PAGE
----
Tag Archives: gay

Review: Next Fall (Southwark Playhouse, London)

Martin Delaney (left) and Charlie Condou (right). Photograph: Robert Workman.

Martin Delaney (left) and Charlie Condou (right). Photograph: Robert Workman.

Rating: ****

In A Nutshell

A beautifully sardonic and heart-shattering piece, written from a place of love, humanity, and anguish.


Adam and Luke have been together for five years. Adam is in his 40s and an aetheists, whilst Luke, much younger, is a Christian and still in the closet to his parents. Their life has always been one of compromise where they’ve failed to reach an understanding, but tenderness in the close affinity that they can. But when an accident happens to Luke, Adam Is forced to face and rely upon a family who are less than accepting of homosexuality, and have no idea who he is and what he means to Luke.


Geoffrey Nauffts’ play was nominated for “Best Play” at the Tony Awards 2010, and now see’s it transfer to London four years later. One of the reasons for its success is it’s incredibly satisfying dry wit which permeates the entire piece. However, for those who are well versed in gay plays and other LGBT arts productions, especially issues surrounding religion vs. sexuality, there’s nothing particularly ground-breaking in the themes and arguments that many will have heard before. So whilst the humour is certainly entertaining and extremely sharp, the first act just feels a little too familiar.

However, it’s in Act II that the play really comes into it’s own. Whilst Nauffts might not be offering much with regards to new point and counterpoint to the subject, it’s how he uses the characters to frame the issues discussed that is the real triumph of the play. For starters, Nauffts’ characters are all substantially flawed. You can never quite get behind Adam as a protagonist as, although long suffering, he’s more unlikeable than likeable. Likewise, Butch, the Bible-thumping alpha heterosexual patriarch, is not all he seems, causing us to think and rethink what prejudices we ourselves are judging him by.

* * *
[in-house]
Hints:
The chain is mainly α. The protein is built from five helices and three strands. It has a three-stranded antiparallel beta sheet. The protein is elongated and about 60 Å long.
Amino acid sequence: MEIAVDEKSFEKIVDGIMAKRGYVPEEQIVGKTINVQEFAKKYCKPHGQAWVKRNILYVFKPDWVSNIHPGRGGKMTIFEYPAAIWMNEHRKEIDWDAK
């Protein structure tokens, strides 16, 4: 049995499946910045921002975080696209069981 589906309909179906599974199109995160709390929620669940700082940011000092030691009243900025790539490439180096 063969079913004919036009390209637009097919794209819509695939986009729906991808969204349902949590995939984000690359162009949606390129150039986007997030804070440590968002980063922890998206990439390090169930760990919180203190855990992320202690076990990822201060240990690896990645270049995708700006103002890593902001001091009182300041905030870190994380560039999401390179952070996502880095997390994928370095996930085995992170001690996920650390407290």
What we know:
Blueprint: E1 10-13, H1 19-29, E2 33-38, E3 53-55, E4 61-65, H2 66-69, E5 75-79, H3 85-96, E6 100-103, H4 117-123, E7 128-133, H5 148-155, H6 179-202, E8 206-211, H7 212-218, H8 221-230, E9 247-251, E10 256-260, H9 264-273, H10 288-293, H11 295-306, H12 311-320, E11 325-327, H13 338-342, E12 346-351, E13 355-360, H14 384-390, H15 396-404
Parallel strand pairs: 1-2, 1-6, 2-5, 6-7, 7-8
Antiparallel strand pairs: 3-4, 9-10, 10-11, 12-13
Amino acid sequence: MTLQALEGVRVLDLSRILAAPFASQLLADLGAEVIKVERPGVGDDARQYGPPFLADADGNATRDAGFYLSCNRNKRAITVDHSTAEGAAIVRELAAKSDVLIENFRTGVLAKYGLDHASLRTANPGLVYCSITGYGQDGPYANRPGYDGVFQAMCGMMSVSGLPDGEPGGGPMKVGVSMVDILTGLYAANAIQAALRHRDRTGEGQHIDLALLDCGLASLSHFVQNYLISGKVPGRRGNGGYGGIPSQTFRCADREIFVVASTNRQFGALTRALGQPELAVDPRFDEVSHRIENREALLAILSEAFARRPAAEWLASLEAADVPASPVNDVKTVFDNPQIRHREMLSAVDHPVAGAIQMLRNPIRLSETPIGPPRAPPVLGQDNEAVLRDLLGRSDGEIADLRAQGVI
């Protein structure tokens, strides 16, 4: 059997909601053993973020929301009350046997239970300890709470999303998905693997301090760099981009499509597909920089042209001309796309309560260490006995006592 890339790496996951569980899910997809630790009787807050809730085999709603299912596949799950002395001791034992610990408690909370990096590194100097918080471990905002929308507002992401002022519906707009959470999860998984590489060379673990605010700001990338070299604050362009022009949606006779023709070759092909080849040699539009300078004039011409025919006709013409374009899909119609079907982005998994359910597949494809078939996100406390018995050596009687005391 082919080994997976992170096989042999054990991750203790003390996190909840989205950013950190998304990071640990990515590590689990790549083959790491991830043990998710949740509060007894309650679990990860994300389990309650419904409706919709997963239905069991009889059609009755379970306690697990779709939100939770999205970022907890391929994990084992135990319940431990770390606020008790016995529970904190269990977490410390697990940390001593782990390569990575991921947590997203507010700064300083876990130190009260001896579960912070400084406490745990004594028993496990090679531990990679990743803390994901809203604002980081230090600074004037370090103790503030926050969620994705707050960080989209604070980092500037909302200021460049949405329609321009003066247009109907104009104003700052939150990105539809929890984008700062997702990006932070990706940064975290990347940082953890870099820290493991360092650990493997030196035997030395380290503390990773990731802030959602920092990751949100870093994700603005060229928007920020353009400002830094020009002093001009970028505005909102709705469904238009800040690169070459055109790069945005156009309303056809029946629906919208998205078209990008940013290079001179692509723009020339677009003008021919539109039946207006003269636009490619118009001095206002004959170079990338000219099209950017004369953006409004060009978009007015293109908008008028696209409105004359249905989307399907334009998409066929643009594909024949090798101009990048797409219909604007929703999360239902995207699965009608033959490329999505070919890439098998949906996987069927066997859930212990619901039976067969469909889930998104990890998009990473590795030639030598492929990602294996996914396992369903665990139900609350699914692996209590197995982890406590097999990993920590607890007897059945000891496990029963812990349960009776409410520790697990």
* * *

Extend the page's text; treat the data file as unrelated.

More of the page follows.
What this results in is, rather than a greying of the arguments’ clarities, Nauffts’ blurs the emotional lines on the subject. There is no distinct binary of how we should be feeling and thinking here that would otherwise serve as an simple catharsis or a shallow rally-call for an established campaign. But instead we get a difficult and challenging walkthrough of the issues where there aren’t any easy hero or villain figures. Because of this, the show, as well as being marvellously humorous, is also achingly moving. The characters feel very real and, despite their faults, you still deeply care for them. But also, the show is frustratingly realistic. You just want the characters to scream and kick-off, leaving Adam and Luke to emerge victors and live their happily-ever-after. Nauffts, however, settles for a reality. Though painful and despondent as it is, it ultimately leaves you with as much poignancy and anger as it does sore sides and wet cheeks.

Mitchell Mullen (left) and Nancy Crane (right). Photograph: Courtesy of Robert Workman.

Mitchell Mullen (left) and Nancy Crane (right). Photograph: Courtesy of Robert Workman.

Direction & Production

The production sits very cosily in the smaller theatre space at the Southwark Playhouse but loses nothing despite the fact that it could probably have just as easily filled the main space. David Woodhead’s set wonderfully feels homely enough to be a minimalistic and sleek New York apartment, but just clinical enough to double as an unforgiving and soulless hospital waiting area: a wonderfully agile duality.